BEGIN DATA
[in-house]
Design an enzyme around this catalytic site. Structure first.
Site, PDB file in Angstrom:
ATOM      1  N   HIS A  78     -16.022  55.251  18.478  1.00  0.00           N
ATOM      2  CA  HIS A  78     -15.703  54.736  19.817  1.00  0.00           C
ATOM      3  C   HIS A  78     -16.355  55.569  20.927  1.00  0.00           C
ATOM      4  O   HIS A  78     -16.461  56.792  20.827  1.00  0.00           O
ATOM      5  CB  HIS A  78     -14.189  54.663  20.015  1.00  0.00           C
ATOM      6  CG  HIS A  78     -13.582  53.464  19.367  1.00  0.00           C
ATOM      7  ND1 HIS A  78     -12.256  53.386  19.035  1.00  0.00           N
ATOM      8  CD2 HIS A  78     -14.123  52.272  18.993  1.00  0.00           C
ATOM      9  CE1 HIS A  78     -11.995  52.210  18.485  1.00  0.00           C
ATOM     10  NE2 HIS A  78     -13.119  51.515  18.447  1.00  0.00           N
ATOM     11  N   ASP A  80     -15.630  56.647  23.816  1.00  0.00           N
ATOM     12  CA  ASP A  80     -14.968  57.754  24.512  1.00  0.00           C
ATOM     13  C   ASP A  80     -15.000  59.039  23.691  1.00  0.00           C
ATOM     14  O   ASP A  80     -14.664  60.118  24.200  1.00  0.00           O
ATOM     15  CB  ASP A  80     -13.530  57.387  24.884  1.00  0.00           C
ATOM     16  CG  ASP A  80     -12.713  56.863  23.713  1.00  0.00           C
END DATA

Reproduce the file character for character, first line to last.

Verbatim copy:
[in-house]
Design an enzyme around this catalytic site. Structure first.
Site, PDB file in Angstrom:
ATOM      1  N   HIS A  78     -16.022  55.251  18.478  1.00  0.00           N
ATOM      2  CA  HIS A  78     -15.703  54.736  19.817  1.00  0.00           C
ATOM      3  C   HIS A  78     -16.355  55.569  20.927  1.00  0.00           C
ATOM      4  O   HIS A  78     -16.461  56.792  20.827  1.00  0.00           O
ATOM      5  CB  HIS A  78     -14.189  54.663  20.015  1.00  0.00           C
ATOM      6  CG  HIS A  78     -13.582  53.464  19.367  1.00  0.00           C
ATOM      7  ND1 HIS A  78     -12.256  53.386  19.035  1.00  0.00           N
ATOM      8  CD2 HIS A  78     -14.123  52.272  18.993  1.00  0.00           C
ATOM      9  CE1 HIS A  78     -11.995  52.210  18.485  1.00  0.00           C
ATOM     10  NE2 HIS A  78     -13.119  51.515  18.447  1.00  0.00           N
ATOM     11  N   ASP A  80     -15.630  56.647  23.816  1.00  0.00           N
ATOM     12  CA  ASP A  80     -14.968  57.754  24.512  1.00  0.00           C
ATOM     13  C   ASP A  80     -15.000  59.039  23.691  1.00  0.00           C
ATOM     14  O   ASP A  80     -14.664  60.118  24.200  1.00  0.00           O
ATOM     15  CB  ASP A  80     -13.530  57.387  24.884  1.00  0.00           C
ATOM     16  CG  ASP A  80     -12.713  56.863  23.713  1.00  0.00           C